Root science comes of age

The recently developed root phenotyping and genomic tools are now being applied to quickly develop a new breeding resource for adapting the root architecture of high-performing wheat varieties to the challenges of local environments.

The output is not so much a new variety but a population of that variety that is genetically identical but expresses a range of different root systems.

The project starts with a collection of wheat lines - including some relatively wild landraces - that possess interesting variation in root architecture. Elite wheat varieties are then selected and a range of different root systems are crossed into the elite germplasm. Back-crossing with the elite variety is then used to restore its high performing genetics.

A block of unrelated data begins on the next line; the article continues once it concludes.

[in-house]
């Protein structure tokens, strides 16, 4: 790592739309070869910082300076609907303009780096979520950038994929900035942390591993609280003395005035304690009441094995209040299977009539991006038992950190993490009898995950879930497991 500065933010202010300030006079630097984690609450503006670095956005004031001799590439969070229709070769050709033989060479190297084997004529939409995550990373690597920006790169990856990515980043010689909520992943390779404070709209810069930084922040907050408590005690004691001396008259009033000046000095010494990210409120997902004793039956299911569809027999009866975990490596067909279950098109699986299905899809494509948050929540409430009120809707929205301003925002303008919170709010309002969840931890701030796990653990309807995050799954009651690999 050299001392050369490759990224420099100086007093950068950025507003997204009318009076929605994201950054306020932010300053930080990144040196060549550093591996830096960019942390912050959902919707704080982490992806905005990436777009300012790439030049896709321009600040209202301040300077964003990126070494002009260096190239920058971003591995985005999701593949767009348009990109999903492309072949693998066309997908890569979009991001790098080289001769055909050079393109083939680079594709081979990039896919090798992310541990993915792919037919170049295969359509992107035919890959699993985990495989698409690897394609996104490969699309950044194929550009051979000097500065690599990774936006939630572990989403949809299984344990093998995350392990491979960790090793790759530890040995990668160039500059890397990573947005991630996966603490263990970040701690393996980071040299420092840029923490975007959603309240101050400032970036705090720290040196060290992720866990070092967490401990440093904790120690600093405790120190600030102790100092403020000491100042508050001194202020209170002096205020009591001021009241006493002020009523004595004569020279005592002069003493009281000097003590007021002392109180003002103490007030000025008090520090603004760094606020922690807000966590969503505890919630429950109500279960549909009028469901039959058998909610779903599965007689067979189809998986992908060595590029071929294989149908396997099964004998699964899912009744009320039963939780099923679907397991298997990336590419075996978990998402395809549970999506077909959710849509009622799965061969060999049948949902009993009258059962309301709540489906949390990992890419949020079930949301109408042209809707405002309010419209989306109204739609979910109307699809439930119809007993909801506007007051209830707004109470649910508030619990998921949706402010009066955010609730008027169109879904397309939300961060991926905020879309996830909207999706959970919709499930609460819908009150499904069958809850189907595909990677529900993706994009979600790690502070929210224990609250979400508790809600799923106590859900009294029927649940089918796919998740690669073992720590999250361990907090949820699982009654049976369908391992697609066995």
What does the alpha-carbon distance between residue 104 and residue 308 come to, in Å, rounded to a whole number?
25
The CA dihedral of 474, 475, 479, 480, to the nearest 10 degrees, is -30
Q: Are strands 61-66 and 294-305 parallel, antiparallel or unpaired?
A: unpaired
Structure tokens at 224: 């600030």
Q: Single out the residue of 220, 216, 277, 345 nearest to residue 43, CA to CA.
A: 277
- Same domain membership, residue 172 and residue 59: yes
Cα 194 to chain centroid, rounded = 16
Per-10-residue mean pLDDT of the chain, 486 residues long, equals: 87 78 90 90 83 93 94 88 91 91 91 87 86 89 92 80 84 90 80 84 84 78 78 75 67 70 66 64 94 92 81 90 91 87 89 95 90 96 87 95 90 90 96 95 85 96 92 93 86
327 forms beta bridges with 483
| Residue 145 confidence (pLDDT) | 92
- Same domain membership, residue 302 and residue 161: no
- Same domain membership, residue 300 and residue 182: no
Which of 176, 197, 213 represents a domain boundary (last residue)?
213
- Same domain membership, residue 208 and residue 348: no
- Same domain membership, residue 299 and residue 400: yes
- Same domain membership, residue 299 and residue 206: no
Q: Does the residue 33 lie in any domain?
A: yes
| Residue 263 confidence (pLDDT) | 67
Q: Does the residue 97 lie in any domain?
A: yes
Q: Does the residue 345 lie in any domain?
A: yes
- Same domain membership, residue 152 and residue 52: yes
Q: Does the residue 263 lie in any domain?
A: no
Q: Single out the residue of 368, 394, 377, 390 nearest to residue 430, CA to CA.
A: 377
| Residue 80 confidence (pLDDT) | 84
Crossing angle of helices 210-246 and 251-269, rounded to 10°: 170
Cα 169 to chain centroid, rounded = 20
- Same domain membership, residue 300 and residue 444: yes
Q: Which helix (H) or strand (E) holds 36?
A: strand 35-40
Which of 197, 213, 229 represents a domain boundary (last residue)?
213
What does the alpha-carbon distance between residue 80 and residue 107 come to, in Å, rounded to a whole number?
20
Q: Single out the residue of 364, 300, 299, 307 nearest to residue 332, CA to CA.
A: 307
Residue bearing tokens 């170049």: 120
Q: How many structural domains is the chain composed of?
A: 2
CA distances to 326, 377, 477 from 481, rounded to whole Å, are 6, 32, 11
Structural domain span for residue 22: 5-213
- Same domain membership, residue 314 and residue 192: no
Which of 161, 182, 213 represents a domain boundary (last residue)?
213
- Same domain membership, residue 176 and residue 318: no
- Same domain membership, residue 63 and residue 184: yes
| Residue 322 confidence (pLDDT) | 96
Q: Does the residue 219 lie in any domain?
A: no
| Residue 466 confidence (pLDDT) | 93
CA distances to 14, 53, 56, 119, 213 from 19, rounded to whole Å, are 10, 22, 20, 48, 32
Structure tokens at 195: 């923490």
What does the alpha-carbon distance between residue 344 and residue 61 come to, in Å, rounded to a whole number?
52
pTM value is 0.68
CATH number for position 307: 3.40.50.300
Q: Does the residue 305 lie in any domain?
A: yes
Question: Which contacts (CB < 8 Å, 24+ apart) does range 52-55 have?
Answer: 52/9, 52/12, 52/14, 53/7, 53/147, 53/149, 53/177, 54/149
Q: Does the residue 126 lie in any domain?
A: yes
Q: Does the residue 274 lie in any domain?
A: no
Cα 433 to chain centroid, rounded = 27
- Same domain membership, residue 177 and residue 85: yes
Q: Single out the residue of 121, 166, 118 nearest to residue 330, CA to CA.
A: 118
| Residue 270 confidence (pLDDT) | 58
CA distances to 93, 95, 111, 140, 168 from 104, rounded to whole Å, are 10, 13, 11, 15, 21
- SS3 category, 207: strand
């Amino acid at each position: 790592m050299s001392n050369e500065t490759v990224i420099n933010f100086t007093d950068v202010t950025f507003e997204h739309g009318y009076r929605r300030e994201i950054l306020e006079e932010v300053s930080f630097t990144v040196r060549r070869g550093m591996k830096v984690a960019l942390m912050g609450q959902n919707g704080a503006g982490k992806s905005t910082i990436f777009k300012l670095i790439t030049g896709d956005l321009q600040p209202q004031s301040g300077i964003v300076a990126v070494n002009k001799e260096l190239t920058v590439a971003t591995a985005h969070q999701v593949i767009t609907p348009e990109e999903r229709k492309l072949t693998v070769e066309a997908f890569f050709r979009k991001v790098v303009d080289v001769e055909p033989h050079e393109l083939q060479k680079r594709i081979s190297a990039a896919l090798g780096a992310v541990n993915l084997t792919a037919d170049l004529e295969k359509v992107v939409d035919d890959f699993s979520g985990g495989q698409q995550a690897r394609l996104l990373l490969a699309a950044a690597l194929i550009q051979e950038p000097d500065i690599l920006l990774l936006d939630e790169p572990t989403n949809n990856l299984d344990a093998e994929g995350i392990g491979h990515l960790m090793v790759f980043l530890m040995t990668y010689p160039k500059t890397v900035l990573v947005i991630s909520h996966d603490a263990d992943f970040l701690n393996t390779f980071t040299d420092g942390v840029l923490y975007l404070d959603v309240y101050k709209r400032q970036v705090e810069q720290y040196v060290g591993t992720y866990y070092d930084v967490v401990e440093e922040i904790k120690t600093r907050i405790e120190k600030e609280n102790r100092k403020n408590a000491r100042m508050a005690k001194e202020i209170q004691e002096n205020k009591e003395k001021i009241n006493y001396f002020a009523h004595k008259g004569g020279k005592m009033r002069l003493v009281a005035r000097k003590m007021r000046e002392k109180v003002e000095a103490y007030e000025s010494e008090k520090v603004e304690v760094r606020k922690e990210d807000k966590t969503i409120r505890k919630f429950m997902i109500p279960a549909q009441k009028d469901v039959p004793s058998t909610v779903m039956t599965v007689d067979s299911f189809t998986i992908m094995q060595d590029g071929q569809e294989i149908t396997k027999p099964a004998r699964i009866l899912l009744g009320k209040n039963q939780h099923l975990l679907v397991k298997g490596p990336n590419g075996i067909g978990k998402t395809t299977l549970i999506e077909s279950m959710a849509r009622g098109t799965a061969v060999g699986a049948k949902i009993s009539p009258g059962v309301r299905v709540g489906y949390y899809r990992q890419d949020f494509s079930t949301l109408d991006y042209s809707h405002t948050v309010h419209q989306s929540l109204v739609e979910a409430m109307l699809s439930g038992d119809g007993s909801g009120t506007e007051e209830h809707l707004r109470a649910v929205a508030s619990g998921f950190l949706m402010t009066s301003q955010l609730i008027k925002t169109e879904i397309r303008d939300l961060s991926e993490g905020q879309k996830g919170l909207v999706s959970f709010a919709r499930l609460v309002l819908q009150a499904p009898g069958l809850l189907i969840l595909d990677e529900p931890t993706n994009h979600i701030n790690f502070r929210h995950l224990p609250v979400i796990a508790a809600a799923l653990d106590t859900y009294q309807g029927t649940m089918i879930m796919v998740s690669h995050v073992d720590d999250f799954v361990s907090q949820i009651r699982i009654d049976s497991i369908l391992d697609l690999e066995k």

The output is not so much a new variety but a population of that variety that is genetically identical but expresses a range of different root systems. Those populations are then extensively field-tested in different environments and seasons to determine yield attributes and resilience.

The project's Australian node is responsible for this early development work to create the root-variant wheat populations. It is led by Dr Kai Voss-Fels and Dr Lee Hickey of the Queensland Alliance for Agriculture and Food Innovation (QAAFI) and it is funded with investment from GRDC.

Pre-breeding underway

The root-oriented pre-breeding got underway late in 2018. Four standout wheat varieties were selected to have their roots architecture diversified.